CRG is the most expensive, likely because of their experience and racing pedigree, at about $6250. Next up is Birel at $5700, as they also are quite well known and have some strong history to their name. Closely following was the Compkart chassis at $5600. Kart Republic produces the most affordable chassis in this category at $4250.
Karting Safety Equipment Costs
Many people underestimate the cost of safety gear when it comes to karting. Despite being the cheapest form of motorsport, you still need to have the right gear in order to safely compete, and it’s not cheap.
Below, I have made a list of the main pieces of equipment that you will need in order to start karting, and the estimated cost of each item. You can find gear for lower or higher prices, but these are about the averages you can expect to pay.
Let’s start off with fire resistant underwear. This will include bottoms, shirts, socks and balaclavas. You will be looking at around $125 per set. That means one set of pants, one top, one pair of socks, and one balaclava. If your budget allows, it’s best to get 2 sets of clothing in order to rotate them between track days.
It’s always a good idea to have 2 or 3 balaclavas as these may need to be rotated between sessions (yes, you sweat a lot under that helmet!).
Next up is your race suit. There is a lot of variety to choose from when it comes to race suits, and you can find a lot of different brands that offer a lot of different prices. A good quality race suit is important, so I set the budget for this to around $150.
There are top of the line race suits that can go for double that price, and there are race suits that can cost slightly less, but $150 is a good average price to expect.
Gloves & Boots
Karting gloves can go for around $35, and these can still be from a good brand like Alpinestars. If you are looking at boots, $70 is a good price range for these. These two don’t need to be the top quality, most expensive products. Mid-range or even some of the cheapest ones are typically fine. Your gloves will wear down even if you buy the most expensive ones, but I have found that karting boots are quite resilient.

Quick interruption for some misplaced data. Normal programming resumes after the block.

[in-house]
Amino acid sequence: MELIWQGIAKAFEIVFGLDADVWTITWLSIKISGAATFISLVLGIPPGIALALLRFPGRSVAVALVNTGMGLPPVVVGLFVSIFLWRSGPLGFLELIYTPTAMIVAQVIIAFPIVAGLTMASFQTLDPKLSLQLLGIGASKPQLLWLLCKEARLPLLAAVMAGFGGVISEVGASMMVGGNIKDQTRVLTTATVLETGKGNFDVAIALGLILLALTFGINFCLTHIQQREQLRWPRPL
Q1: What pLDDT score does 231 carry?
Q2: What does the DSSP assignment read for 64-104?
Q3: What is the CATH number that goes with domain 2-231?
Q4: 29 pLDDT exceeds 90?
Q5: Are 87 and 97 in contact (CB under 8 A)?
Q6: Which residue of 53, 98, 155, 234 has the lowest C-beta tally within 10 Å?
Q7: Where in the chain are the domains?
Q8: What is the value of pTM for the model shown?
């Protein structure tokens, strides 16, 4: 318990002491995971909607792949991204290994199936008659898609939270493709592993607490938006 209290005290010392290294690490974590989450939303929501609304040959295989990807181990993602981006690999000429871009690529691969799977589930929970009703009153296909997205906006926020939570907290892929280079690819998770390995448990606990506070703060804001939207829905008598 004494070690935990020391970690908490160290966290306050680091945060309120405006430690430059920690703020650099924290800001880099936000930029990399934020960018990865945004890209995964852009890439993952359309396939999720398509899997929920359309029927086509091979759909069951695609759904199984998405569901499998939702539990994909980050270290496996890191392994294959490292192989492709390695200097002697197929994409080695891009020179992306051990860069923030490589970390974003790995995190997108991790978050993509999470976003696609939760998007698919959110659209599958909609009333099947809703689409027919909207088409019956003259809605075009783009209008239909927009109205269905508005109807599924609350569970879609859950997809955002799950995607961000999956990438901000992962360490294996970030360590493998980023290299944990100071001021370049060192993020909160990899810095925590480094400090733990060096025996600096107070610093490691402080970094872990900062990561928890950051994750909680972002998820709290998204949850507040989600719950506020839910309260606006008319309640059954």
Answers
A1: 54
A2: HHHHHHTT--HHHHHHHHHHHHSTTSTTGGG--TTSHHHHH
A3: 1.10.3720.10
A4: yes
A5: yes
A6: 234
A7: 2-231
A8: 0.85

Your helmet will probably be the biggest expense in the safety equipment category. These can range from less than $100 to $500+, and how much you’ll need to spend will depend on factors like helmet design, brand, and safety rating.
Now, the issue here is that some karting leagues only allow a specifically homologated helmet in their races. I would say you should play it safe and get an Arai or Bell helmet. A typical Arai helmet is around $500. And if you have such a helmet, you should be good to race in any karting championship around the world.
On top of this, your helmet will be a standard white shell (unless you get a helmet with a pre-made design). So, if you want to personalize your helmet, you will need to pay a company for designs and painting, and all costs vary in this department.
Now that we have the basic safety gear requirements we can move on to the extras. The items below are not mandatory in most karting leagues, so it is up to you to decide whether you want to invest in these extras or not.
The first item we will cover is a rib protector. I would highly recommend one of these simply for the comfort it provides in a karting seat. It will prevent a lot of bruised ribs and it will help you fight off some fatigue as well.
This is especially useful for circuits with fast corners where the kart can throw you around in the seat a lot. A good quality rib protector can set you back around $150, but the quality of these are not as important as in some other parts of safety gear. As long as it has sufficient padding, you’ll be good to go.
I don’t necessarily recommend a neck brace myself, but some people may choose to race with one. The neck brace is a highly controversial item in karting for various reasons. On one hand, some people have said that a neck brace has saved them from severe injuries.
On the other hand, some have said that a neck brace has severely hindered their vision (limiting their ability to turn their head to look around) and actually caused injuries. At the end of the day, you will need to do some research surrounding this one and decide for yourself whether you would like to use one or not.
If you do choose to use one of these, make sure you get a good quality neck brace. I definitely don’t recommend the foam donut neck braces, and most karting drivers will tell you that those give you absolutely no support. A good neck brace can cost around $200 or more.
Costs Of Additional Tools Needed For Karting
Since you will be maintaining and taking care of your own kart, you are going to need the right tools for the job. I will list a few of the basic tools that you will need below, but in some cases there might be one or two different tools that you don’t use very often.